How Bad Does It Hurt?

There is no other area of pharmacy treatment that has the stigma associated with it as does the treatment of chronic pain with opiate medications.   Unfortunately, these medications are known to sometimes cause addictive behavior.  For this reason, pharmacists and other health care professionals may inadvertently appear suspicious before they get to know you as a patient.

When a patient accidentally throws out their blood pressure medication with the trash, it is
usually taken care of with little question. When a patient accidentally throws out their narcotic pain medication with the trash, the pharmacists and doctors immediately have a stream of questions regarding the legitimacy of this claim. This is unfortunate and is a very difficult topic to address.

There are many reasons for chronic pain and many, many treatments. I am not planning on discussing the different options for treatment, these are all readily available on the AudibleRxTM website.

I would like to bring the general discussion of long term pain itself to the forefront. Pain cannot be measured like diabetes and hypertension. Most medical conditions can be verified with blood tests or x-rays and then categorized and documented. There are currently no blood levels we can do or specific vital signs we can take that give us an accurate measurement of pain. Pain is subjective. We ask the patient to put the pain somewhere on the scale from 1-10 with 10 being the worst pain. All anyone has to compare it to be the pain they had yesterday, or the year before...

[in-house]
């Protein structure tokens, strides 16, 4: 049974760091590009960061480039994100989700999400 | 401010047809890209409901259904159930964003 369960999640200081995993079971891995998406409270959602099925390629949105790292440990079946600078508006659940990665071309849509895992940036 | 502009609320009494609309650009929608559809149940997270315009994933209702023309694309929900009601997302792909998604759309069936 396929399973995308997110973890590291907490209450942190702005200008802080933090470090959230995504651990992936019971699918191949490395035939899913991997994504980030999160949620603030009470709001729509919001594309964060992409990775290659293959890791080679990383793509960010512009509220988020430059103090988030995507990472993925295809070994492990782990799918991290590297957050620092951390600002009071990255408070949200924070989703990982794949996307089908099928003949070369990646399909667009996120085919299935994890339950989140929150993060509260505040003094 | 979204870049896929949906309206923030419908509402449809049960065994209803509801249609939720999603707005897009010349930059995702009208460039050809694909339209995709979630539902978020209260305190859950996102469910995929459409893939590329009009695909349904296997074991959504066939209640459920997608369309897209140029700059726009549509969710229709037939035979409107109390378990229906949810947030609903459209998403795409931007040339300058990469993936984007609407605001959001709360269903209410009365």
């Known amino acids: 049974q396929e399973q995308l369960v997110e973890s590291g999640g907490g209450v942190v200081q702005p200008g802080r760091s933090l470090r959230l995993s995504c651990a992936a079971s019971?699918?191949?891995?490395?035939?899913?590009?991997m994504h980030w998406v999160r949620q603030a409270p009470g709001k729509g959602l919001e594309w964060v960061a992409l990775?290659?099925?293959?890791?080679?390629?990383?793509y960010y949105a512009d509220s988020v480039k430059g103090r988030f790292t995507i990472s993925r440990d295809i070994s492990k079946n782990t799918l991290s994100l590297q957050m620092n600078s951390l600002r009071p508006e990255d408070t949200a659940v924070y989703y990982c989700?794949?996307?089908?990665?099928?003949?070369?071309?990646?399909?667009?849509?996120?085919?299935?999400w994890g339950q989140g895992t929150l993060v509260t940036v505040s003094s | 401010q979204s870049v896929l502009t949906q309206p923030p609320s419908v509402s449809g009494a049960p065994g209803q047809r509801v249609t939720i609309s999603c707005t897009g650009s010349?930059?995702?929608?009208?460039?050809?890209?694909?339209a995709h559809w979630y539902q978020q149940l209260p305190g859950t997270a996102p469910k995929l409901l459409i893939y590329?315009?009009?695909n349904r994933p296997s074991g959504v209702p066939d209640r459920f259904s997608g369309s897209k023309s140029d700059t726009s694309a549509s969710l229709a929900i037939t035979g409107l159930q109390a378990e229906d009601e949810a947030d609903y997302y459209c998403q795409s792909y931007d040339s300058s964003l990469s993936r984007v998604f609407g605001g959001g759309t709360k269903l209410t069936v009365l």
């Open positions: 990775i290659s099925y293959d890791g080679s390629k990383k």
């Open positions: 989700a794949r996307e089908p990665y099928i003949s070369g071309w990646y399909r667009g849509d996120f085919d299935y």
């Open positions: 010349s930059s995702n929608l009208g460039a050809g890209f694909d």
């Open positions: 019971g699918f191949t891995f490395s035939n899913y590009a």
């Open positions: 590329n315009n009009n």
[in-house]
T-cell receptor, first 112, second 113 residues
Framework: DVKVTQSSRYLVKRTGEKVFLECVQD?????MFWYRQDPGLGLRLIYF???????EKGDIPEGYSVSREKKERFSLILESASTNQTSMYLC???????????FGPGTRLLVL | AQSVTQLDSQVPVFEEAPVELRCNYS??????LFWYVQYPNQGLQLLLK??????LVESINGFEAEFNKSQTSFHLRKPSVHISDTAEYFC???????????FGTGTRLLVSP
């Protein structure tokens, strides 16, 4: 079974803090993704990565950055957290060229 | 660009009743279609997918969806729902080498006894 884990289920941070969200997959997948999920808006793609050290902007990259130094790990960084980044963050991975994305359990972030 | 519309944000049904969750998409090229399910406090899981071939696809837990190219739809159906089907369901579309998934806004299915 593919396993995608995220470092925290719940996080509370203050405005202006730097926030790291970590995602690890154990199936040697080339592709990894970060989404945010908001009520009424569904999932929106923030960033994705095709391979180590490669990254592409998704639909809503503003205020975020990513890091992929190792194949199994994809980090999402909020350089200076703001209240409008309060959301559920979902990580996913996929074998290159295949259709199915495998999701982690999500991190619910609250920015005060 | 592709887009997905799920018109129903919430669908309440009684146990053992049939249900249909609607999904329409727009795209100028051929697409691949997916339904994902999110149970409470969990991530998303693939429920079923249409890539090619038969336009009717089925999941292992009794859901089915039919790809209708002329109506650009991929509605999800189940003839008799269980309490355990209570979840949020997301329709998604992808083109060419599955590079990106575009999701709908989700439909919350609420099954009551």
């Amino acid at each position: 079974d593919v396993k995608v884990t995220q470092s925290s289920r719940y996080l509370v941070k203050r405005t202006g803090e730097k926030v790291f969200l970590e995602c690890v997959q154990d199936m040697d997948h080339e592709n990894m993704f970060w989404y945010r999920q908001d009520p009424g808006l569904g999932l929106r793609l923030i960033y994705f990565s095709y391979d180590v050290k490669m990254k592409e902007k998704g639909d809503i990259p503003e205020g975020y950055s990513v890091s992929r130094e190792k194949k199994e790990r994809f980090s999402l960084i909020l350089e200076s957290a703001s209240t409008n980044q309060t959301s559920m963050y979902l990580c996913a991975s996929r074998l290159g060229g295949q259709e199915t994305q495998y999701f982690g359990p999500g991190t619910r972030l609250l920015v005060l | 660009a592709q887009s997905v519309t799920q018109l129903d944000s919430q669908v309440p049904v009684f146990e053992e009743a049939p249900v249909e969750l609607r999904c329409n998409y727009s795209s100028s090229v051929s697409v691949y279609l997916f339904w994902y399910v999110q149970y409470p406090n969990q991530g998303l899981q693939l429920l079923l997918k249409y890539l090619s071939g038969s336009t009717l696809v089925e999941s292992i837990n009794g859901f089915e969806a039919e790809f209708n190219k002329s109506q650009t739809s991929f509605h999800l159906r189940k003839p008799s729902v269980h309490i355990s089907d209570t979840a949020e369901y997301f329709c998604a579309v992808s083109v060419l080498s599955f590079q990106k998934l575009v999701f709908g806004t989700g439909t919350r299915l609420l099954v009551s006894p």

How does the health professional know if the patient is in pain? Well, by listening to the patient and if they say they are in pain, most likely they are. Of course, there are patient history notes, past treatments, social and economic considerations, and family issues to review; however, we are working with the patient sitting with us today.

How long does a patient need to stay on pain medication therapy? As long as the Doctor and the Patient think it is necessary. The understanding is clear that over time, the body begins to develop a tolerance to opiate pain therapy. What is not clear is the exact mechanism that allows this tolerance to develop.

The central nervous system has many adaptive capabilities. It is generally understood that the brain “adapts” to the opiates.  Over the course of several months to years, the body is able tolerate a significantly higher dose of opiate pain medication than it could when you took your first dose.  The question is; has the pain really increased that much? Well, to the patient, yes it has because the brain has adapted to the current level of opiate treatment and needs more treat the pain.

We all need to be part of our own treatment. We need to talk to our doctors and pharmacists and therapists and family....and anyone else who will listen, to help us realize what is our best pain treatment path to follow.   

You may also be interested in reading my blog on Spinal Pain Medication Treatment Options or my blog on Bone and Joint Pain Medication Treatment Options.

To learn about the medications used for pain, please register to becomea member of AudibleRxTM and have full access to all of the Medication Specific Counseling SessionsTM.  Please visit the Medications pageof AudibleRxTM to see all of the counseling sessions currently available. 

Copyright AudibleRx (TM), all rights reserved. Please do not copy or publish or distribute without consent and approval from AudibleRx (TM).